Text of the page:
Amid auditor corruption case, lawmakers enlist ex-justice

November 9, 2021 GMT

DOVER, Del. (AP) — Lawmakers have enlisted the help of a retired Delaware Supreme Court justice as they explore their options in responding to public corruption charges against the state auditor.

Legislative leaders announced Tuesday that Randy Holland, the longest-serving justice in Delaware history and an expert on the state constitution, has agreed to help guide them as they develop findings and recommendations for the General Assembly regarding the criminal charges against Auditor Kathy McGuiness.

In making the announcement, lawmakers canceled a Tuesday afternoon Senate session to consider a resolution asking Delaware’s Supreme Court for an advisory opinion on a provision in Delaware’s constitution regarding the removal of officials from public office.

“The provisions of the Delaware constitution related to removing an elected official from office have serious legal ramifications,” Holland said in a statement issued by the General Assembly. “I understand the gravity of what is being asked of me, and I am prepared to work impartially with the legislature to help forge a better understanding of case law, and the legislative record so the General Assembly has the information needed to make an informed decision about its path forward.”


McGuiness, who is responsible for rooting out government fraud, waste and abuse, was indicted on Oct. 11 on felony counts of theft and witness intimidation, and misdemeanor charges of official misconduct, conflict of interest and noncompliance with state procurement laws.

McGuiness, 58, has maintained that she is innocent and has rejected calls by fellow Democrats to resign or take a leave of absence pending resolution of the criminal case.

But Democrats who control both chambers of the General Assembly have been reluctant to exercise their powers under a provision in the state constitution regarding the removal of officials from public office. That provision — which has never been used — states that the governor may “for any reasonable cause” remove any officer, other than the lieutenant governor or a member of the General Assembly, if two-thirds of the members of both the House and Senate ask him to do so.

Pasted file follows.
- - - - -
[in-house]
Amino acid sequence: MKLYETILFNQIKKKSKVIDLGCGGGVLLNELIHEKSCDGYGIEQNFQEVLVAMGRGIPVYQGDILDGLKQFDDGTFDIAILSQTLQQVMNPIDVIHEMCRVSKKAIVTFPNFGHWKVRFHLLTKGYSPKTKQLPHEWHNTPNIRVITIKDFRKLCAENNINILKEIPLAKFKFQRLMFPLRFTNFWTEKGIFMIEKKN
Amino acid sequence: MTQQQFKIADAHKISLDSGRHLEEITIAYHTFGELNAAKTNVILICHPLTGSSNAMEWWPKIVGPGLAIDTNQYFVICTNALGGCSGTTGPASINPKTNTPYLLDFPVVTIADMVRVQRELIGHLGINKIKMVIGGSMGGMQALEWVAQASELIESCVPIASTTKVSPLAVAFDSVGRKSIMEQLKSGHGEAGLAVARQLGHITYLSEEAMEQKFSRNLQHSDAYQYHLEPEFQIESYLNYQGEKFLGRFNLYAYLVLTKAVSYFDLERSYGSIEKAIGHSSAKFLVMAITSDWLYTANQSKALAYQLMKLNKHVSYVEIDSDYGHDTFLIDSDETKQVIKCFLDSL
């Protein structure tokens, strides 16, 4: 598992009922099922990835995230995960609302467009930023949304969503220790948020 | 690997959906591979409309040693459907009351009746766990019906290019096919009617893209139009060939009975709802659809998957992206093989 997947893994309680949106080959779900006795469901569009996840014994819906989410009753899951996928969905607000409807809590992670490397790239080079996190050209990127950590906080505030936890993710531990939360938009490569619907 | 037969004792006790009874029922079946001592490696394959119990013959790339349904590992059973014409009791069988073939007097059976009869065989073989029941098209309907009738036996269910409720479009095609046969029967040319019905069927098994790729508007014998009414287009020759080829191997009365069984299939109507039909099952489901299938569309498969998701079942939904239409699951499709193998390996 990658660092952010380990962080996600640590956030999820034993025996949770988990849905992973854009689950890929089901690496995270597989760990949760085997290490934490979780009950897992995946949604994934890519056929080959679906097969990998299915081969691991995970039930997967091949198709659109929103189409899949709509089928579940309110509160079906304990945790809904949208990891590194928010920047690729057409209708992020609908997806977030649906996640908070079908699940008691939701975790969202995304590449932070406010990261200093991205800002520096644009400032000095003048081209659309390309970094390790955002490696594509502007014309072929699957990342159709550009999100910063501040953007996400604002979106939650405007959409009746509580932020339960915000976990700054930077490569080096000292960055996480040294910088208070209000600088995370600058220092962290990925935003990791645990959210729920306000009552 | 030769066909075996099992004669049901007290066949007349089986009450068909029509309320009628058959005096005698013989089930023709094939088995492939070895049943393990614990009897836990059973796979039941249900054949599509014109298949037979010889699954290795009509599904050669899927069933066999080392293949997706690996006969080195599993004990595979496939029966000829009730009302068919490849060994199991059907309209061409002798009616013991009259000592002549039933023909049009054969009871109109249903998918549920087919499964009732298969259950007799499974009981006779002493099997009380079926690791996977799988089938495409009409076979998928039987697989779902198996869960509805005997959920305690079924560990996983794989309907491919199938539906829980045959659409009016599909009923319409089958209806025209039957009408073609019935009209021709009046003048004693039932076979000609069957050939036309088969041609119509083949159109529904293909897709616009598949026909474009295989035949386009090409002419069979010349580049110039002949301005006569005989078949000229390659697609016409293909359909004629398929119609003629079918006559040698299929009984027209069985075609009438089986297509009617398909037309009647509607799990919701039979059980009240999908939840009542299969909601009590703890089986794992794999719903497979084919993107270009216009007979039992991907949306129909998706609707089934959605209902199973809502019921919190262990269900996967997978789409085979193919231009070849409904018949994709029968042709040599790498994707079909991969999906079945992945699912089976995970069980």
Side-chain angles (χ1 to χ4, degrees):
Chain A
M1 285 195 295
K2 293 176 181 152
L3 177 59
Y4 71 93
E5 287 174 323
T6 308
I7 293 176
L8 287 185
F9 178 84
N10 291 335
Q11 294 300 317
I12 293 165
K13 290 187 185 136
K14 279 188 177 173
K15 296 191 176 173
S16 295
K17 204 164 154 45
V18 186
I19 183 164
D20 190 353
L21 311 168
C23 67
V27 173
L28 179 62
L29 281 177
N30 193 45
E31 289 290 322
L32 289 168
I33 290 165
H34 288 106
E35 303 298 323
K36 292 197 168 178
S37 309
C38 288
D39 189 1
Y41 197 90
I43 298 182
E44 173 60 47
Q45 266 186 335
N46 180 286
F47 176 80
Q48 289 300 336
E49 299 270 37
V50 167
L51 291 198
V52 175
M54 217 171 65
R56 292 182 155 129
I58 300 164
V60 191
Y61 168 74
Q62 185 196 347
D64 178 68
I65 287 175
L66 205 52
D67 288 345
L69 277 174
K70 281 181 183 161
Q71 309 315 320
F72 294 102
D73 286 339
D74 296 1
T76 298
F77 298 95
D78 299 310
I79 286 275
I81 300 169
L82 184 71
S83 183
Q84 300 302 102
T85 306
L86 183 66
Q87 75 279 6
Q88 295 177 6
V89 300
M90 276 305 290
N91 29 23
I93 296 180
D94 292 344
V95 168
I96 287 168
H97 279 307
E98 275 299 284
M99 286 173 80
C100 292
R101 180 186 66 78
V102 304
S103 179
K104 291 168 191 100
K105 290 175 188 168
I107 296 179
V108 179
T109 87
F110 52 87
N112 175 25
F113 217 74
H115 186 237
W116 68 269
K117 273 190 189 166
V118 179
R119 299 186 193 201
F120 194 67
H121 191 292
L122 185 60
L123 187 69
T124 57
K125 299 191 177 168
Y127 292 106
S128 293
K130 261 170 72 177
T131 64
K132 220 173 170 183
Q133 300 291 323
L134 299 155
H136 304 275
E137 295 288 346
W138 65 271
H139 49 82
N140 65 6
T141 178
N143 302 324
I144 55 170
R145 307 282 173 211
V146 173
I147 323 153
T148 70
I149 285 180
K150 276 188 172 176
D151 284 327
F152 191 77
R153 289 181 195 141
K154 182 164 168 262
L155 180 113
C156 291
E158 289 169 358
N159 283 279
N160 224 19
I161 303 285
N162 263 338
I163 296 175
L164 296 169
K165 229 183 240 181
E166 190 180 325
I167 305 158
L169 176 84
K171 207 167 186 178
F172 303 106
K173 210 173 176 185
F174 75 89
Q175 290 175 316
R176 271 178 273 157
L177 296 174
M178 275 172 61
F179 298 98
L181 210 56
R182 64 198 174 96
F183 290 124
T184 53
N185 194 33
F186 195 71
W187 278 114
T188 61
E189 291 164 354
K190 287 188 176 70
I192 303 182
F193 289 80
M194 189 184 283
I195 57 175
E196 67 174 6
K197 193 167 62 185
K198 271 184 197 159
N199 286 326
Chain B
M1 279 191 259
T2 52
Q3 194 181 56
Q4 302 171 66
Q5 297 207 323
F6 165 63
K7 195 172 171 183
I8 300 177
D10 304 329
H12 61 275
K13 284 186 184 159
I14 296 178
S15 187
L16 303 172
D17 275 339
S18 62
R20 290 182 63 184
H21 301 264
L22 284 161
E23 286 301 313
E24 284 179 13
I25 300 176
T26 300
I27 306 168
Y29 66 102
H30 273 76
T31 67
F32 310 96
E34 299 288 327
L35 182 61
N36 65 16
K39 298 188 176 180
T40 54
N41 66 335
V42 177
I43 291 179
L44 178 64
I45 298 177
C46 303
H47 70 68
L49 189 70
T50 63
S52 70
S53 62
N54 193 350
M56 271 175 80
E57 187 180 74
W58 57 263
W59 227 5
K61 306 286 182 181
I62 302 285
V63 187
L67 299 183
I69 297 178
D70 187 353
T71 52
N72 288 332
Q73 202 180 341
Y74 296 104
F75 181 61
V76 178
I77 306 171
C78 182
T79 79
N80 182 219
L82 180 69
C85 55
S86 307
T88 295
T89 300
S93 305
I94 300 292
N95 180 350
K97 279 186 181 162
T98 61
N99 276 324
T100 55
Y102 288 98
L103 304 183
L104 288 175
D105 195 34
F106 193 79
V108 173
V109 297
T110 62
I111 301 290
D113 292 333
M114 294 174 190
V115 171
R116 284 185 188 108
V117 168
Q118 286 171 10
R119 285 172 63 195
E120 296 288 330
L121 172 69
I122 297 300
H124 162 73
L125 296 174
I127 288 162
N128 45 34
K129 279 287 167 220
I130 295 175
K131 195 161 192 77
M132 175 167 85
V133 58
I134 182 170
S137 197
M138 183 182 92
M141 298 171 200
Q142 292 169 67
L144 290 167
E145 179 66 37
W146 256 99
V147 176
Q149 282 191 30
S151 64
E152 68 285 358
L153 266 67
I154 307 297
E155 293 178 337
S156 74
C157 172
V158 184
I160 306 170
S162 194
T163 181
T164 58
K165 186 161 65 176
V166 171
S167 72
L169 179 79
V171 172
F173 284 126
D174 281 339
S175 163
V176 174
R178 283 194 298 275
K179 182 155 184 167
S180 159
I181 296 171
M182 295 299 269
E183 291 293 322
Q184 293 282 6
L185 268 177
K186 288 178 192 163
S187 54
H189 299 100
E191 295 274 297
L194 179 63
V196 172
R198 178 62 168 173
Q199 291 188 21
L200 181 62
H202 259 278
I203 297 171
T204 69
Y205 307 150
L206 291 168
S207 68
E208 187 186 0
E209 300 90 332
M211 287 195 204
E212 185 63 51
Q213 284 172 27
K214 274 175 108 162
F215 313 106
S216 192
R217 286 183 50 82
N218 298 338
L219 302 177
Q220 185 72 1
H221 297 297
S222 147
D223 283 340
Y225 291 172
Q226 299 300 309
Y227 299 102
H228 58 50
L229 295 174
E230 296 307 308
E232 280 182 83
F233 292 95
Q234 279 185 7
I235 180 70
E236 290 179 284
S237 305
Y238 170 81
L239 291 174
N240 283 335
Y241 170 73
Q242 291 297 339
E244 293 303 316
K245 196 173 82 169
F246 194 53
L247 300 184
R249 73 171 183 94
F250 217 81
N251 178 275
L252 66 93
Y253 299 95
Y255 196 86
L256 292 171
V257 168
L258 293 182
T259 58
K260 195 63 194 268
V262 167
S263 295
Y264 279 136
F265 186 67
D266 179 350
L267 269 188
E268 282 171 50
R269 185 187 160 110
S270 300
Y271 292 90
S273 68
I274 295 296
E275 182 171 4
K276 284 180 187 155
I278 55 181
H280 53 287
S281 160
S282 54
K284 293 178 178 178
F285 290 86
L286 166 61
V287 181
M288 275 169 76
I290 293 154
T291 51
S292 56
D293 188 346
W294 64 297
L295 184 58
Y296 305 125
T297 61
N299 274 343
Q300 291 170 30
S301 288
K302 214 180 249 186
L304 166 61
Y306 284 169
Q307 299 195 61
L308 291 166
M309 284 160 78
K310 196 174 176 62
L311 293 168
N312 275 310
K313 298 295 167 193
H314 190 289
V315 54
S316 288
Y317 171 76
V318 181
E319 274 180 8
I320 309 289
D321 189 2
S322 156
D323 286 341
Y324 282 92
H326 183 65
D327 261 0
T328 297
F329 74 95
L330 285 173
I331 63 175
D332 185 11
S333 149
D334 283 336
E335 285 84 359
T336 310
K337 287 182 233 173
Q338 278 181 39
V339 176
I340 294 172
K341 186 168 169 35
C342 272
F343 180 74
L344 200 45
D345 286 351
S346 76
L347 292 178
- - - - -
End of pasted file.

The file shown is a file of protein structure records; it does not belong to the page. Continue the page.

The provision provides little other guidance, however, other than that the cause of removal must be entered in legislative journals, and that the person being targeted must be notified of alleged cause for his or her removal, at least 10 days before either chamber of the General Assembly acts.

Holland also will assist lawmakers in researching a separate provision in the constitution regarding the impeachment powers of the General Assembly. The findings are due before lawmakers return to session on Jan. 11, months before any trial in the criminal case against McGuiness is expected to begin.


The decision to seek Holland’s help came after the Senate voted along party lines last week to approve a resolution asking the Delaware Supreme Court for an advisory opinion on the language in the constitutional provision.

Among other things, resolution asked whether “reasonable cause” could include an indictment, and whether the authority to remove a public official implies that there also is authority to take a lesser action, such as suspension. They also wanted to know whether lawmakers would be required to conduct a hearing by one or both chambers before voting on asking the governor to remove a public official, and whether that official could attend any such hearing and offer evidence and testimony in his or her defense.

The Senate plan was thwarted when the House passed its own version of the resolution adding language asking the Supreme Court to provide answers by Dec. 17. The House resolution also called for the judiciary committees of both chambers meet on or before that date to determine the process to be used to decide if reasonable cause exists for removing a public official.

Senators, who had left Legislative Hall after approving a redistricting bill, were not around to consider the House resolution last week. They scheduled Tuesday’s special session to consider the measure before announcing Tuesday morning that no session would be held and that Holland would instead help guide lawmakers’ decision-making.

“No one knows more about the Delaware constitution and its interpretation than Justice Holland and I have full faith in his ability to provide us with the best possible legal analysis and advice when it comes to this unprecedented issue,” House Speaker Pete Schwartzkopf said in a statement.